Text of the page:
Audrey Parker, diagnosed with stage-four breast cancer which had metastasized to her bones and has a tumour on her brain, talks about life and death at her home in Halifax on Tuesday, Oct. 23, 2018. THE CANADIAN PRESS/Andrew Vaughan

Federal health minister responds to dying woman’s pleas to change law

Audrey Parker, who is terminally ill, says she will be ending her life sooner than she would like because Canada’s assisted dying law is too restrictive.

Canada’s health minister says she has heard the pleas of a Halifax woman who plans to end her life today with medical assistance.

Audrey Parker, who is terminally ill, says she will be ending her life sooner than she would like because Canada’s assisted dying law is too restrictive.

Ginette Petitpas Taylor says her heart goes out to Parker, and she would change the law for her if she could.

But the minister says she can’t do that because the government is in the middle of gathering recommendations for amendments.

Parker, diagnosed with Stage 4 breast cancer in 2016, says the two-year-old law will allow her to end her prolonged suffering — but she says the legislation has forced her to choose to die sooner than she would like.

She says the problem is that anyone approved for a medically assisted death must be conscious and mentally sound at the moment they give their final consent for a lethal injection.

That provision means Parker would be denied her wish to end her life with medical assistance if she were to suddenly become incapacitated by her advanced illness or the pain medication she is taking.

Parker says the law should be changed to allow for so-called advance requests, which would allow her caregiver to administer the lethal drugs even if she was unable to give her consent.

In Ottawa Wednesday, Petitpas Taylor told reporters the federal legislation can’t be altered without completing consultations on potential reforms.

“As health minister, I can tell you if I could change that law for her specifically I would. But as the minister, as a Parliamentarian, we have to have a law in place for all Canadians,” she said.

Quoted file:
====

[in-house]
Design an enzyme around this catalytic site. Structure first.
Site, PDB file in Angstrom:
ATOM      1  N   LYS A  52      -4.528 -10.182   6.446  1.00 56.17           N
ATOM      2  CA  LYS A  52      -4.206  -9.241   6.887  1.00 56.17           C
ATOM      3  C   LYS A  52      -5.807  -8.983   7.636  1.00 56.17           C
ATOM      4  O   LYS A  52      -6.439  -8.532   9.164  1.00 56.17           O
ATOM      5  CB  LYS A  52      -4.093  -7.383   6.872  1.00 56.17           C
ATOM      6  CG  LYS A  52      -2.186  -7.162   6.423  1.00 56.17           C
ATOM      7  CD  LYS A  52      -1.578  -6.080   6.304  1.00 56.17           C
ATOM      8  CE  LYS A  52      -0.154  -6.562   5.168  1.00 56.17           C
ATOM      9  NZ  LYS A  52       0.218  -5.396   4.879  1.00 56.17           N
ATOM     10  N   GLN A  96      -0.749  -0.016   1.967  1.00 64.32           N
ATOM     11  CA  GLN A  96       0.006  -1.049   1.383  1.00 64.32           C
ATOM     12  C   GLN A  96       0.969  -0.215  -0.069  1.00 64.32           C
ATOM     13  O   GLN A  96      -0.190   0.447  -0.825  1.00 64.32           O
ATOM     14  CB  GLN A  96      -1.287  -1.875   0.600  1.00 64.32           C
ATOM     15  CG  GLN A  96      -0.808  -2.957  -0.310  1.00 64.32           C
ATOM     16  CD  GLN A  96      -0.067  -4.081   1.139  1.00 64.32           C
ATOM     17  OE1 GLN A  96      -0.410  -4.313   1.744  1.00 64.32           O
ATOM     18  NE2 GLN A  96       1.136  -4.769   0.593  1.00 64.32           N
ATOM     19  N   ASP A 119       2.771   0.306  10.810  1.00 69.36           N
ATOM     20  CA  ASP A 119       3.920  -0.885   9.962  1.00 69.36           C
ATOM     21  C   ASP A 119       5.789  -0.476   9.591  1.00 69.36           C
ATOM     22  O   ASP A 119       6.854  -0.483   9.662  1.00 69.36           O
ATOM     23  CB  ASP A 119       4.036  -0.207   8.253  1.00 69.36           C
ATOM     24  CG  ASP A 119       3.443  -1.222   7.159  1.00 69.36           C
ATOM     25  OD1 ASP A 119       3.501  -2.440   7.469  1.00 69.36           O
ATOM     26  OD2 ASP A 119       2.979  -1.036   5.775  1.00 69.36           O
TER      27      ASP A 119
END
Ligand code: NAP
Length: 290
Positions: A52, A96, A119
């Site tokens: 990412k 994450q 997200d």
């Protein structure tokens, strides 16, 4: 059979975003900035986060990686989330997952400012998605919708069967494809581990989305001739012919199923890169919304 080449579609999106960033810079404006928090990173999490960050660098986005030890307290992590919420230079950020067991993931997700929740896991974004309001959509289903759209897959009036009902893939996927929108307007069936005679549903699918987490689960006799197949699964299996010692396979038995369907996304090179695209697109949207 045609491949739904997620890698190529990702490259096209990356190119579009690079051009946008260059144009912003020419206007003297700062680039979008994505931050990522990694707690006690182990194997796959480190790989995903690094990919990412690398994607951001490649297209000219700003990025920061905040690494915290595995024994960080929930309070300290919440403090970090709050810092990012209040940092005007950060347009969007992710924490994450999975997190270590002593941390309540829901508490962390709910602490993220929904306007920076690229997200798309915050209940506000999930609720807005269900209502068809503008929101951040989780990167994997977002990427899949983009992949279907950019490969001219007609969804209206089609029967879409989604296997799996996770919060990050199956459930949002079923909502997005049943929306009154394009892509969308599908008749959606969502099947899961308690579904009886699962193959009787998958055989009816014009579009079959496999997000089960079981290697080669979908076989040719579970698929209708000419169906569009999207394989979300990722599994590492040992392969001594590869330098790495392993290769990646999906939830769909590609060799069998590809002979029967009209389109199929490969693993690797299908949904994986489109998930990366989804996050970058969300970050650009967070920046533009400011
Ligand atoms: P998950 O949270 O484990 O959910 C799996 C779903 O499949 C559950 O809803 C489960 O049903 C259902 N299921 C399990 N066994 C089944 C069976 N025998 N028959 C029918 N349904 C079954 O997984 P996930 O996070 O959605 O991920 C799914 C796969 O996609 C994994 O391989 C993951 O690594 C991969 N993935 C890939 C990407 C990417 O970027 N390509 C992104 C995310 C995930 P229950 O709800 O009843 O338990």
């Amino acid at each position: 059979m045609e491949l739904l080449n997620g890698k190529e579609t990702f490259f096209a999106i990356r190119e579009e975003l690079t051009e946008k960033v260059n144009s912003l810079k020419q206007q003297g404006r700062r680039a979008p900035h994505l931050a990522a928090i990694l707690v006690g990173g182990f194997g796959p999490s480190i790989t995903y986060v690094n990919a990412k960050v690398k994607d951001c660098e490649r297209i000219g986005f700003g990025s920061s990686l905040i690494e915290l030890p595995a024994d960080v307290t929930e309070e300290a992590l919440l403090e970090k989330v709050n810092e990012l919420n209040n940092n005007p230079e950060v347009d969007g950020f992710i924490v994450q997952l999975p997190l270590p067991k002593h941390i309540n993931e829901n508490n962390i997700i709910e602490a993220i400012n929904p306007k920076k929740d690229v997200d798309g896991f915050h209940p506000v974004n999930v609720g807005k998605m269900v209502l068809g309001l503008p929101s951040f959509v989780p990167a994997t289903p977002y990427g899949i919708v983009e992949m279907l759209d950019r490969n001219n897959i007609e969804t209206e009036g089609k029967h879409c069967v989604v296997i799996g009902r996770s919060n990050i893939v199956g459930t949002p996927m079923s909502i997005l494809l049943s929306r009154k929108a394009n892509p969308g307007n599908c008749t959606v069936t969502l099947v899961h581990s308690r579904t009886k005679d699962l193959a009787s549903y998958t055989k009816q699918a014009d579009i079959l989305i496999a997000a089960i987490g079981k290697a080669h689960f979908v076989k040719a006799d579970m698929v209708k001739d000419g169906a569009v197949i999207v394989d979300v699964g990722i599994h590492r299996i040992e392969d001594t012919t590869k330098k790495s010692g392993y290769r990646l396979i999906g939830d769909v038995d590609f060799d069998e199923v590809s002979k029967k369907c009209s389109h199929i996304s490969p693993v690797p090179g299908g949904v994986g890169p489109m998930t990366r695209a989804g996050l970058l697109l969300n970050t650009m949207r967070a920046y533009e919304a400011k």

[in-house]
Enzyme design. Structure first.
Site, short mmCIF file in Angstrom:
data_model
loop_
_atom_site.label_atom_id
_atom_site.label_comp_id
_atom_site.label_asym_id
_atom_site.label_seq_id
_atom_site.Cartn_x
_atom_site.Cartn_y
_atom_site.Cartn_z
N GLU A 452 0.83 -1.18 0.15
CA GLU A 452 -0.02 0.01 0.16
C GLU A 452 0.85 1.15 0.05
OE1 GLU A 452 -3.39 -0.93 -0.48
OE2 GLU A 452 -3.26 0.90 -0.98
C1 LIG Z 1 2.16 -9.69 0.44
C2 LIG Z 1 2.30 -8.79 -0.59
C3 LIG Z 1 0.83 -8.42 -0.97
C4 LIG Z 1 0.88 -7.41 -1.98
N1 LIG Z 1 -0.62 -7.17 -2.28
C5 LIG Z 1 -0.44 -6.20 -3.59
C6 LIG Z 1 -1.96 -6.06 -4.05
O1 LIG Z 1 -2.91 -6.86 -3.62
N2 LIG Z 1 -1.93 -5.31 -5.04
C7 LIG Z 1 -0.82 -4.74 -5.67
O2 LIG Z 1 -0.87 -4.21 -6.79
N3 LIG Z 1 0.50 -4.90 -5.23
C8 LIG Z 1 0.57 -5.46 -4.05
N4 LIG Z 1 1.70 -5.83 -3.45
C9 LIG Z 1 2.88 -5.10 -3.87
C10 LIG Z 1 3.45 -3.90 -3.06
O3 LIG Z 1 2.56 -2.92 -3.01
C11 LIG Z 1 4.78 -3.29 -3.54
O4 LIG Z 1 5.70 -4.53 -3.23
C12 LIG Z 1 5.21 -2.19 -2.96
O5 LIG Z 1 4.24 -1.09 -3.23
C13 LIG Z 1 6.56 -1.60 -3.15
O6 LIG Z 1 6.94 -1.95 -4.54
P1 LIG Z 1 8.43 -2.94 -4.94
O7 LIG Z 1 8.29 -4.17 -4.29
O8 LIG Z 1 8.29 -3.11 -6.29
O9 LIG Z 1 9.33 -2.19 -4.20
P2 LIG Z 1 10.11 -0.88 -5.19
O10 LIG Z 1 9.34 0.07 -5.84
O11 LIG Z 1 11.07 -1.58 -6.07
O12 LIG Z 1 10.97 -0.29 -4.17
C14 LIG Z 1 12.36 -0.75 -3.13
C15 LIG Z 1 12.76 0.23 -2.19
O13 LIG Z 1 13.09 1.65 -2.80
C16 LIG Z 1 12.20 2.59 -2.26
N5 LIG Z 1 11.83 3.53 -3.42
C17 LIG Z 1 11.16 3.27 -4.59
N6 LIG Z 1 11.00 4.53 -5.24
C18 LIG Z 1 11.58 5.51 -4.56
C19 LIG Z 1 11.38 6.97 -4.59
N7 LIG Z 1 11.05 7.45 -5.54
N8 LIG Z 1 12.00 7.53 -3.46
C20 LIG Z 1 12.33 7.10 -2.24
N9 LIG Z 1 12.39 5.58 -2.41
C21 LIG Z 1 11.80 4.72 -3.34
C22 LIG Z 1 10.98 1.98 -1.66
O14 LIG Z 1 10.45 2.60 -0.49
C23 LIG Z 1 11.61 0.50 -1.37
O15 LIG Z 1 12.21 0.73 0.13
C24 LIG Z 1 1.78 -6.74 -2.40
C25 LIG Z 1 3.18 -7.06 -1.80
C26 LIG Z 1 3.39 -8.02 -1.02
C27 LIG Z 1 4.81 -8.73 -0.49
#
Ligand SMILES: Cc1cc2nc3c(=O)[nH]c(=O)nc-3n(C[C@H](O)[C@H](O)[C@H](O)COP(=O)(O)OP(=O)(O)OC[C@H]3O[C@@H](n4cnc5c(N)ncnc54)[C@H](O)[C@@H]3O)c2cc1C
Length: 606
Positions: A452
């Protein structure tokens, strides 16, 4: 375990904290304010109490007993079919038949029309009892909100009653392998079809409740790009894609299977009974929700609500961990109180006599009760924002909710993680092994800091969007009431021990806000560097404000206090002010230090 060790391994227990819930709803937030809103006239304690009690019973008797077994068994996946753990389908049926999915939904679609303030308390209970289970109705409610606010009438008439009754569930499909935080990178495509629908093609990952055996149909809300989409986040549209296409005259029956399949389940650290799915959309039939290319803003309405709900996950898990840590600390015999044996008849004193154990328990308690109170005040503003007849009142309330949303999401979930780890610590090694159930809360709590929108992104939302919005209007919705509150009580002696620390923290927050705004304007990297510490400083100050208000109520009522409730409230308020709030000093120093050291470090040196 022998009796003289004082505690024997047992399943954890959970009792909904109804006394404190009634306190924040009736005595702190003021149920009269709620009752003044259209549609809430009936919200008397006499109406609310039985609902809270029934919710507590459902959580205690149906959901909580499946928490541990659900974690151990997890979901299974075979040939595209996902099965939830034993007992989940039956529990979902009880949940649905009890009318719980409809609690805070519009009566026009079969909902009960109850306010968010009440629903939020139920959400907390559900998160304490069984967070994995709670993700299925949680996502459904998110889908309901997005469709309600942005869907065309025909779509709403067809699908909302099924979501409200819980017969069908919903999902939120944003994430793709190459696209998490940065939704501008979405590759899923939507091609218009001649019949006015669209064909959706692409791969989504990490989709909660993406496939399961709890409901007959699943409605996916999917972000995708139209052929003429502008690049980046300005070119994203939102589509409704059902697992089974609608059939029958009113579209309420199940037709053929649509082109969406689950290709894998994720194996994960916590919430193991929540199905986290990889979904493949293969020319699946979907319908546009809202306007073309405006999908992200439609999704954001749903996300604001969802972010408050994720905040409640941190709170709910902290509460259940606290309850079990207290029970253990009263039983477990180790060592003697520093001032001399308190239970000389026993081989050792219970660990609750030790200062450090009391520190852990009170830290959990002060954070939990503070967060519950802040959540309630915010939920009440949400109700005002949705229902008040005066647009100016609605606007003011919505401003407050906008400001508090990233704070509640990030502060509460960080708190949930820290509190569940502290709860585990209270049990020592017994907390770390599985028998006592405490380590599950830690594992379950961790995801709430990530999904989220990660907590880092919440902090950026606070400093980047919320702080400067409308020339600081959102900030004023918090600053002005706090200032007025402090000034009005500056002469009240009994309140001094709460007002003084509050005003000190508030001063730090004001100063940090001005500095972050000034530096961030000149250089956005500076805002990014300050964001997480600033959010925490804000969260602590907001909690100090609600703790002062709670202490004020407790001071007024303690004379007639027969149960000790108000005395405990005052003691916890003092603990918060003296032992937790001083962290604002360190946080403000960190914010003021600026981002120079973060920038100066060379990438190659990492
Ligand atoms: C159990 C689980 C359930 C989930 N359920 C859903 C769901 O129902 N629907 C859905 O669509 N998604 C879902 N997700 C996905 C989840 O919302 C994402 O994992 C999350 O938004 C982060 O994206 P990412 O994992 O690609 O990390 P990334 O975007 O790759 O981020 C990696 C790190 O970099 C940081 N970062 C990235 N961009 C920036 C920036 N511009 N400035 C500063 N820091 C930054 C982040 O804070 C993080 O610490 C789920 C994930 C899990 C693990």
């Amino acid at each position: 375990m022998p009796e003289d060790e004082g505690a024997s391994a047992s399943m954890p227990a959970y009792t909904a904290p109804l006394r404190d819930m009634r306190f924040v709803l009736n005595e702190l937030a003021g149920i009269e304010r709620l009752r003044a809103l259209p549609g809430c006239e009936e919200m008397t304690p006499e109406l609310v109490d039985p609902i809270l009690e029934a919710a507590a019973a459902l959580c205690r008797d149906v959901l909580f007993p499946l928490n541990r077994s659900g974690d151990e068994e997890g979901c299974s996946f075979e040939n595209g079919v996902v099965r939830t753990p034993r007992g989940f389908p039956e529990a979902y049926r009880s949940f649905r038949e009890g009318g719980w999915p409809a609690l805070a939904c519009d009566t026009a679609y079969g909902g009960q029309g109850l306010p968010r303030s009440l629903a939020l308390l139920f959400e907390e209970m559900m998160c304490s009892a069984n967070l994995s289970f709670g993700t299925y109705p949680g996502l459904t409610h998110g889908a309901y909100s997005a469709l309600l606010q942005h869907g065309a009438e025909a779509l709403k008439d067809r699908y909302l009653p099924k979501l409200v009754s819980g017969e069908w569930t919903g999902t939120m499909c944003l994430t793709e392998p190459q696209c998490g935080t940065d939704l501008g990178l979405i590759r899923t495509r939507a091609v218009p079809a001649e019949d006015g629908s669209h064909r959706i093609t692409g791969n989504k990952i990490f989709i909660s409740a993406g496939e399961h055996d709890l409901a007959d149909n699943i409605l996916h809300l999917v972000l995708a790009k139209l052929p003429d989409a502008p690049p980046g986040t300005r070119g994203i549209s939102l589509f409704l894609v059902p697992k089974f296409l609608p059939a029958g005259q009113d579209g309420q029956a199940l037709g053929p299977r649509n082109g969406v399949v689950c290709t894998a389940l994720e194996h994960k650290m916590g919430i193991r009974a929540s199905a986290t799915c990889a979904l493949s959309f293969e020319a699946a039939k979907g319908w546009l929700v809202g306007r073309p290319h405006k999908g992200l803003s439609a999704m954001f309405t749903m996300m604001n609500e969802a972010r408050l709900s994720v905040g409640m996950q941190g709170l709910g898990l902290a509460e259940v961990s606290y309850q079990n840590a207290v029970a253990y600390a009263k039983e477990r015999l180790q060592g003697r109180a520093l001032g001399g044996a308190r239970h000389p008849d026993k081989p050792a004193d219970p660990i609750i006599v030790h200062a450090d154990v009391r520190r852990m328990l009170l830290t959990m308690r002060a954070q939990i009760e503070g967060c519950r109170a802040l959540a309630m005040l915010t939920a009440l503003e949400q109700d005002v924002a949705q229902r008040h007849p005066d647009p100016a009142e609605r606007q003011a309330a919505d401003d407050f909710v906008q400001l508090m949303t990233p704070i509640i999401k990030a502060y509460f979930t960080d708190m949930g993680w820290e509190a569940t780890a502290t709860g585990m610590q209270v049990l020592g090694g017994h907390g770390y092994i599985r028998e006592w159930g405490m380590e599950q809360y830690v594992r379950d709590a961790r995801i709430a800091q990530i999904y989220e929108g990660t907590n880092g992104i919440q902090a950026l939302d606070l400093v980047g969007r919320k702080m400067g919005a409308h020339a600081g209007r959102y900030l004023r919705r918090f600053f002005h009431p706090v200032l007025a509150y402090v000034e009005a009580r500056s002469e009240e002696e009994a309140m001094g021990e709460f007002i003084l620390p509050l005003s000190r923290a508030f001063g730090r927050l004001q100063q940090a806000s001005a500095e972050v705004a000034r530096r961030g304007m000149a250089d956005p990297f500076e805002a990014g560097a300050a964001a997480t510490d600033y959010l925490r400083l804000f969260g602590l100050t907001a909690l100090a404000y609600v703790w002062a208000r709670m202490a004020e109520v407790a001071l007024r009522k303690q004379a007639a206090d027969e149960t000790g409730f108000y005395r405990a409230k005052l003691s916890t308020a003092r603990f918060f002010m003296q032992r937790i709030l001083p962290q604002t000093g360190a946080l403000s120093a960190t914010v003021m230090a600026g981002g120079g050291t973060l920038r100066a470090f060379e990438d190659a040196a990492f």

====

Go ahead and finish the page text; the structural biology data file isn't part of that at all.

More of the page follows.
She said that a special report by experts will consider the issues Parker is raising in a report due by the end of this year.

Related: Top court asked to hear B.C. appeal seeking faster trial on assisted dying

Related: Doctors who object to treatment on moral grounds must give referral: court

The Canadian Press

Like us on Facebook and follow us on Twitter.

Get local stories you won't find anywhere else right to your inbox.
Sign up here

Just Posted

‘Manny’s Motel’ badly damaged by fire Jan. 15

Police say 40 Ave. closed due to fire, use alternate route

From courthouse to council’s house

Old courthouse had long history before becoming City Hall

Revenue Canada, RCMP don’t accept Bitcoin: police

RCMP issue Bitcoin warning posters

Writer says Alberta highway system falling apart

Highways in ‘deplorable’ condition: writer

County council denies request for parking lot

Buck Lake groups are welcome to raise funds and return to council

Canada to bolster screening of central China passengers for virus at 3 airports

Additional measures will include messaging on arrivals screens in Toronto, Montreal and Vancouver

PHOTOS: Eastern Newfoundland reeling, search underway for missing man after blizzard

More than 70 centimetres of new snow fell overnight, creating whiteout conditions

Prince Harry, Meghan to give up ‘royal highness’ titles

‘Harry, Meghan and Archie will always be much loved members of my family,’ says Queen Elizabeth II

RCMP Major Crimes Unit lays charges in Stettler death

Nicholas Climb Johnson, 32, of Stettler is charged with second degree murder in the death of his father

Metis nations ask Ottawa to negotiate directly with them, not national body

Three provincial Metis nations will work through the national council until after the federal government releases its 2020 budget

Canada to give $25,000 to families of each Canadian who died in Iran plane crash

Prime Minister Justin Trudeau also made it clear that Canada still expects Iran to compensate victims

Oil and gas industry applauds top court’s dismissal of B.C.’s Trans Mountain case

The high court’s ruling Thursday removes one of the remaining obstacles for the project

Sylvan Lake RCMP seek assistance in locating missing male

Mark Crier, 17, was last seen in Sylvan Lake on Jan. 13

UPDATE: Supreme Court dismisses B.C.’s appeal in Trans Mountain pipeline case

Judges decide whether B.C.’s power to protect environment can include impeding a federal project

Most Read